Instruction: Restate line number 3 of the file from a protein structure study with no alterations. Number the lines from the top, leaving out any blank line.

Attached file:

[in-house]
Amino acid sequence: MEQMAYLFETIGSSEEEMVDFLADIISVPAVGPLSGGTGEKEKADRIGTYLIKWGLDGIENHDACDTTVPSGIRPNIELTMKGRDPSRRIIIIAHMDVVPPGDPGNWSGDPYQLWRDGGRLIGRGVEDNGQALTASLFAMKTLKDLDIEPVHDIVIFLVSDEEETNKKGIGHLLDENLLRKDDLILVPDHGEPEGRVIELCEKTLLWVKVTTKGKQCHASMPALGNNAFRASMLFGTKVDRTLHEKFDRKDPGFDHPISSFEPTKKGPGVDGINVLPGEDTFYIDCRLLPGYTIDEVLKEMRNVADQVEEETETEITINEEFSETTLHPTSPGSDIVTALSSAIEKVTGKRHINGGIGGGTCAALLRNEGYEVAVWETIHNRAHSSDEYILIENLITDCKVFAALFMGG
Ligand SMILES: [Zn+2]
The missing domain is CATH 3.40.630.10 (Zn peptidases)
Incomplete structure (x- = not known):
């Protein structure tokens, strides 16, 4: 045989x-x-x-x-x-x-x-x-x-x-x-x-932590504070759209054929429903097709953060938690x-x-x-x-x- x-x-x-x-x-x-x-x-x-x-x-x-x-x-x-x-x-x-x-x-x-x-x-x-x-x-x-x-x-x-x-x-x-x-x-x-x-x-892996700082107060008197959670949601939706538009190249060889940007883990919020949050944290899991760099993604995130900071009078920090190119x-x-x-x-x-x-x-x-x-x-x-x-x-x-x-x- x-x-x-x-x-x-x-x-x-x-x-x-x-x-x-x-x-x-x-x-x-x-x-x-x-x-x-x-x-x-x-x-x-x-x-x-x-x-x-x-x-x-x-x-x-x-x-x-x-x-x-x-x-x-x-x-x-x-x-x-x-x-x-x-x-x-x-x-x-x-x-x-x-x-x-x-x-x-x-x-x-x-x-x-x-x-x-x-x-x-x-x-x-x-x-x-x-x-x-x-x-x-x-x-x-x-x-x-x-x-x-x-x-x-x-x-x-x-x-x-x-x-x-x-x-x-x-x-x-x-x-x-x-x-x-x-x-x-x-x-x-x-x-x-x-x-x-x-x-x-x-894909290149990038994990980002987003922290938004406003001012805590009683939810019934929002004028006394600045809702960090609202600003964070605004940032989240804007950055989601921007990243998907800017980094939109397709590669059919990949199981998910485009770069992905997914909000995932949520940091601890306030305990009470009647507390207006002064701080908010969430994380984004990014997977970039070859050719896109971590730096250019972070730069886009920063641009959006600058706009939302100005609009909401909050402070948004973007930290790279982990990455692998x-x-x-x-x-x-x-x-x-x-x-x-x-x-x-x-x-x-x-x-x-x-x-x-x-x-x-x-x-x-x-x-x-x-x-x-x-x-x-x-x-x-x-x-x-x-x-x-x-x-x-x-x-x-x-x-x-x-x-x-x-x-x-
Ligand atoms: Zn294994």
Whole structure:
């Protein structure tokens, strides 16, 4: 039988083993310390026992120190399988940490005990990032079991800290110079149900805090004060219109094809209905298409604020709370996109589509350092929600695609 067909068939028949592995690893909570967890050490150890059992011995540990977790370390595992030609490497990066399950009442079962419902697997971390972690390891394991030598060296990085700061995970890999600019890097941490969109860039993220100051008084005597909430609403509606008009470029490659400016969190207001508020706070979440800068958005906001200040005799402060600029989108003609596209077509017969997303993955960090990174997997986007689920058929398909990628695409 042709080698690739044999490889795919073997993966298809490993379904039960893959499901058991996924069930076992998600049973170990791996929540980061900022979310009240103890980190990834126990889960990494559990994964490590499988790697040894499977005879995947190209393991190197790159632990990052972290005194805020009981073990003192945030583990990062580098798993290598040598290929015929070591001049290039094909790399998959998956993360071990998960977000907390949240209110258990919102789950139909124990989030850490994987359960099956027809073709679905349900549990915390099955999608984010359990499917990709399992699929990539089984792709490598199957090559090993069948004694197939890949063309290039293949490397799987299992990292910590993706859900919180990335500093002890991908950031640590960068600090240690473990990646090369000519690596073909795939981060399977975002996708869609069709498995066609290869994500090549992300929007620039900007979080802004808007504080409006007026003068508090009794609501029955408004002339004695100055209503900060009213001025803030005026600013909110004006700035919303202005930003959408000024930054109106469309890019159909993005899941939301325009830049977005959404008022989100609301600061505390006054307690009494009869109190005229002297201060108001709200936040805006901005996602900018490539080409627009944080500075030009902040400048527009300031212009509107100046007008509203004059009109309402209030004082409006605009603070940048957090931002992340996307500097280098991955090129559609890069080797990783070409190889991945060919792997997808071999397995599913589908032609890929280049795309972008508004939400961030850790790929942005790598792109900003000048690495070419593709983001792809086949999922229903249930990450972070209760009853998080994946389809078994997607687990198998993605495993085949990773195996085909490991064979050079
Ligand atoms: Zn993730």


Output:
Ligand SMILES: [Zn+2]